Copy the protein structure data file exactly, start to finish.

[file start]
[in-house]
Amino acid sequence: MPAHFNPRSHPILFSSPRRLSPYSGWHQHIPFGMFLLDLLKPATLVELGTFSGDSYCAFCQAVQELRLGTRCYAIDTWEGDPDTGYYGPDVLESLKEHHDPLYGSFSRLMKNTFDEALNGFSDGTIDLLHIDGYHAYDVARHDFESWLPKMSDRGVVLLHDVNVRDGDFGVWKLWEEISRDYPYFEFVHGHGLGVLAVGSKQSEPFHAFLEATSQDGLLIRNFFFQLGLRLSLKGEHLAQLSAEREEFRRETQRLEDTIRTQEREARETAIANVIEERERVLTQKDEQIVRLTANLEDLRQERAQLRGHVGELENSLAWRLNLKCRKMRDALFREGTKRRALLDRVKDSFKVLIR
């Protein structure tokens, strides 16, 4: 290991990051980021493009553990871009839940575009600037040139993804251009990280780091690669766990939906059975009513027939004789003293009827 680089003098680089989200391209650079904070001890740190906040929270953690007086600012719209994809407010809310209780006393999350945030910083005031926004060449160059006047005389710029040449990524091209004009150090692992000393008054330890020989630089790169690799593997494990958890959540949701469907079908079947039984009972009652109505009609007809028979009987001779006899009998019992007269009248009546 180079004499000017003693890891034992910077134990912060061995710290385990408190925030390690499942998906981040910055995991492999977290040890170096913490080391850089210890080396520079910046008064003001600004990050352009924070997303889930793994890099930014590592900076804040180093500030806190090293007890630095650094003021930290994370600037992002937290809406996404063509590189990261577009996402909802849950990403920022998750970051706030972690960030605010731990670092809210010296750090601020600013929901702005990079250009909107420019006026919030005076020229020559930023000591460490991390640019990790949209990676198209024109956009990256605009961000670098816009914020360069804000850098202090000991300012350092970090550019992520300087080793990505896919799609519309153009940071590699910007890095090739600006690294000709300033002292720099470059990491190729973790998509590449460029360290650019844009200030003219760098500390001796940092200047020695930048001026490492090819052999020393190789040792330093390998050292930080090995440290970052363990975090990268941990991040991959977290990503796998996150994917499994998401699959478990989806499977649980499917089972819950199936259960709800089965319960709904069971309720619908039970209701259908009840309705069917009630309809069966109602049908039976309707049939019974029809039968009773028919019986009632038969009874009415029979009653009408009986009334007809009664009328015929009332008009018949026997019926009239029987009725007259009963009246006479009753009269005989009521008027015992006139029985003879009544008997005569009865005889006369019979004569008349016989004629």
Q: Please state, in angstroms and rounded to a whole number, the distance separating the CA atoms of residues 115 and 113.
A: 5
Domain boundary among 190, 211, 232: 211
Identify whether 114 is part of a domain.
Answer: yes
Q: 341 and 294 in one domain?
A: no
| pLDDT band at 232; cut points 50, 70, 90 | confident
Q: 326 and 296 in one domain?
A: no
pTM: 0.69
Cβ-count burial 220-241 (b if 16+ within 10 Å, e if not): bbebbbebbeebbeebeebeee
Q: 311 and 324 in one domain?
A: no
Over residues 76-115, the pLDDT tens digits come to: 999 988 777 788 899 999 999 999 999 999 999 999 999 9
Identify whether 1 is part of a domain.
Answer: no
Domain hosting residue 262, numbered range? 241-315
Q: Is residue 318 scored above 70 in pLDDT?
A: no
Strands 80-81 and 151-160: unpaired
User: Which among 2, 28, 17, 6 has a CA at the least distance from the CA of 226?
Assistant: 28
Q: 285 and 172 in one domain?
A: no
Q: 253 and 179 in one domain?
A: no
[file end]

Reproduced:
[in-house]
Amino acid sequence: MPAHFNPRSHPILFSSPRRLSPYSGWHQHIPFGMFLLDLLKPATLVELGTFSGDSYCAFCQAVQELRLGTRCYAIDTWEGDPDTGYYGPDVLESLKEHHDPLYGSFSRLMKNTFDEALNGFSDGTIDLLHIDGYHAYDVARHDFESWLPKMSDRGVVLLHDVNVRDGDFGVWKLWEEISRDYPYFEFVHGHGLGVLAVGSKQSEPFHAFLEATSQDGLLIRNFFFQLGLRLSLKGEHLAQLSAEREEFRRETQRLEDTIRTQEREARETAIANVIEERERVLTQKDEQIVRLTANLEDLRQERAQLRGHVGELENSLAWRLNLKCRKMRDALFREGTKRRALLDRVKDSFKVLIR
């Protein structure tokens, strides 16, 4: 290991990051980021493009553990871009839940575009600037040139993804251009990280780091690669766990939906059975009513027939004789003293009827 680089003098680089989200391209650079904070001890740190906040929270953690007086600012719209994809407010809310209780006393999350945030910083005031926004060449160059006047005389710029040449990524091209004009150090692992000393008054330890020989630089790169690799593997494990958890959540949701469907079908079947039984009972009652109505009609007809028979009987001779006899009998019992007269009248009546 180079004499000017003693890891034992910077134990912060061995710290385990408190925030390690499942998906981040910055995991492999977290040890170096913490080391850089210890080396520079910046008064003001600004990050352009924070997303889930793994890099930014590592900076804040180093500030806190090293007890630095650094003021930290994370600037992002937290809406996404063509590189990261577009996402909802849950990403920022998750970051706030972690960030605010731990670092809210010296750090601020600013929901702005990079250009909107420019006026919030005076020229020559930023000591460490991390640019990790949209990676198209024109956009990256605009961000670098816009914020360069804000850098202090000991300012350092970090550019992520300087080793990505896919799609519309153009940071590699910007890095090739600006690294000709300033002292720099470059990491190729973790998509590449460029360290650019844009200030003219760098500390001796940092200047020695930048001026490492090819052999020393190789040792330093390998050292930080090995440290970052363990975090990268941990991040991959977290990503796998996150994917499994998401699959478990989806499977649980499917089972819950199936259960709800089965319960709904069971309720619908039970209701259908009840309705069917009630309809069966109602049908039976309707049939019974029809039968009773028919019986009632038969009874009415029979009653009408009986009334007809009664009328015929009332008009018949026997019926009239029987009725007259009963009246006479009753009269005989009521008027015992006139029985003879009544008997005569009865005889006369019979004569008349016989004629």
Q: Please state, in angstroms and rounded to a whole number, the distance separating the CA atoms of residues 115 and 113.
A: 5
Domain boundary among 190, 211, 232: 211
Identify whether 114 is part of a domain.
Answer: yes
Q: 341 and 294 in one domain?
A: no
| pLDDT band at 232; cut points 50, 70, 90 | confident
Q: 326 and 296 in one domain?
A: no
pTM: 0.69
Cβ-count burial 220-241 (b if 16+ within 10 Å, e if not): bbebbbebbeebbeebeebeee
Q: 311 and 324 in one domain?
A: no
Over residues 76-115, the pLDDT tens digits come to: 999 988 777 788 899 999 999 999 999 999 999 999 999 9
Identify whether 1 is part of a domain.
Answer: no
Domain hosting residue 262, numbered range? 241-315
Q: Is residue 318 scored above 70 in pLDDT?
A: no
Strands 80-81 and 151-160: unpaired
User: Which among 2, 28, 17, 6 has a CA at the least distance from the CA of 226?
Assistant: 28
Q: 285 and 172 in one domain?
A: no
Q: 253 and 179 in one domain?
A: no